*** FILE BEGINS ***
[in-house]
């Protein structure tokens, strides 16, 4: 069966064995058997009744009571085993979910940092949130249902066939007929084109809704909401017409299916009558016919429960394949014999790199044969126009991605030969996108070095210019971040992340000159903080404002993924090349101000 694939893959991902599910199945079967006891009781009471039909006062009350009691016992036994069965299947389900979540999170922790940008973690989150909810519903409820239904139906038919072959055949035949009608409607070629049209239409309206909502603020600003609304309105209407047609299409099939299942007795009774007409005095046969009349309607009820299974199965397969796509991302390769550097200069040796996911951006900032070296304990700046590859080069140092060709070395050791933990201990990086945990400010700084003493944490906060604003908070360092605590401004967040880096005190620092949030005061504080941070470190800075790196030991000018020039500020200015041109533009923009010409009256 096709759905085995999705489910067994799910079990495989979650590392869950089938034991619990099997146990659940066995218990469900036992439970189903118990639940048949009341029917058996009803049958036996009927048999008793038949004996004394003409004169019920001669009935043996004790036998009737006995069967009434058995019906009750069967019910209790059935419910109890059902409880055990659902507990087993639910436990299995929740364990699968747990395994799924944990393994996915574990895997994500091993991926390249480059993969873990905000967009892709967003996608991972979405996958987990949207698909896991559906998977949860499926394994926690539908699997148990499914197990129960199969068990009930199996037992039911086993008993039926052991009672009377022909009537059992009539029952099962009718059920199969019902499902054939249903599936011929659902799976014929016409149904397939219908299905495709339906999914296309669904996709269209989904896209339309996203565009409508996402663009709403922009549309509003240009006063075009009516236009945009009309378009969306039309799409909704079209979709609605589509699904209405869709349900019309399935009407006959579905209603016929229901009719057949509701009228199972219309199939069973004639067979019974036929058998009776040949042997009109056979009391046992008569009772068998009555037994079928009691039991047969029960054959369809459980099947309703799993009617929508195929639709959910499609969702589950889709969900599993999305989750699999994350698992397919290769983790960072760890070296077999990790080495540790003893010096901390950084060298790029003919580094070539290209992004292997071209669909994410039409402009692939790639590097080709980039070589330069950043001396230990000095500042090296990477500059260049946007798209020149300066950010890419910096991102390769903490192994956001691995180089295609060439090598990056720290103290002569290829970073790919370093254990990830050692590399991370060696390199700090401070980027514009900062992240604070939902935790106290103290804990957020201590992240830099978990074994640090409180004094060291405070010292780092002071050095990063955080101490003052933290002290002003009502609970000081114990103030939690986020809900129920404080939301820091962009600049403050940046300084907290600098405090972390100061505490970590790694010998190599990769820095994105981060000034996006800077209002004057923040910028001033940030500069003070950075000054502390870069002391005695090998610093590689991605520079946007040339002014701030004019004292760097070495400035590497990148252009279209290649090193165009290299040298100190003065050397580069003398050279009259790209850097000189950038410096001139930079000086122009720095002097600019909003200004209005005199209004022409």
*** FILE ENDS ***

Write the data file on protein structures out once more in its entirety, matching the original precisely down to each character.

[in-house]
């Protein structure tokens, strides 16, 4: 069966064995058997009744009571085993979910940092949130249902066939007929084109809704909401017409299916009558016919429960394949014999790199044969126009991605030969996108070095210019971040992340000159903080404002993924090349101000 694939893959991902599910199945079967006891009781009471039909006062009350009691016992036994069965299947389900979540999170922790940008973690989150909810519903409820239904139906038919072959055949035949009608409607070629049209239409309206909502603020600003609304309105209407047609299409099939299942007795009774007409005095046969009349309607009820299974199965397969796509991302390769550097200069040796996911951006900032070296304990700046590859080069140092060709070395050791933990201990990086945990400010700084003493944490906060604003908070360092605590401004967040880096005190620092949030005061504080941070470190800075790196030991000018020039500020200015041109533009923009010409009256 096709759905085995999705489910067994799910079990495989979650590392869950089938034991619990099997146990659940066995218990469900036992439970189903118990639940048949009341029917058996009803049958036996009927048999008793038949004996004394003409004169019920001669009935043996004790036998009737006995069967009434058995019906009750069967019910209790059935419910109890059902409880055990659902507990087993639910436990299995929740364990699968747990395994799924944990393994996915574990895997994500091993991926390249480059993969873990905000967009892709967003996608991972979405996958987990949207698909896991559906998977949860499926394994926690539908699997148990499914197990129960199969068990009930199996037992039911086993008993039926052991009672009377022909009537059992009539029952099962009718059920199969019902499902054939249903599936011929659902799976014929016409149904397939219908299905495709339906999914296309669904996709269209989904896209339309996203565009409508996402663009709403922009549309509003240009006063075009009516236009945009009309378009969306039309799409909704079209979709609605589509699904209405869709349900019309399935009407006959579905209603016929229901009719057949509701009228199972219309199939069973004639067979019974036929058998009776040949042997009109056979009391046992008569009772068998009555037994079928009691039991047969029960054959369809459980099947309703799993009617929508195929639709959910499609969702589950889709969900599993999305989750699999994350698992397919290769983790960072760890070296077999990790080495540790003893010096901390950084060298790029003919580094070539290209992004292997071209669909994410039409402009692939790639590097080709980039070589330069950043001396230990000095500042090296990477500059260049946007798209020149300066950010890419910096991102390769903490192994956001691995180089295609060439090598990056720290103290002569290829970073790919370093254990990830050692590399991370060696390199700090401070980027514009900062992240604070939902935790106290103290804990957020201590992240830099978990074994640090409180004094060291405070010292780092002071050095990063955080101490003052933290002290002003009502609970000081114990103030939690986020809900129920404080939301820091962009600049403050940046300084907290600098405090972390100061505490970590790694010998190599990769820095994105981060000034996006800077209002004057923040910028001033940030500069003070950075000054502390870069002391005695090998610093590689991605520079946007040339002014701030004019004292760097070495400035590497990148252009279209290649090193165009290299040298100190003065050397580069003398050279009259790209850097000189950038410096001139930079000086122009720095002097600019909003200004209005005199209004022409």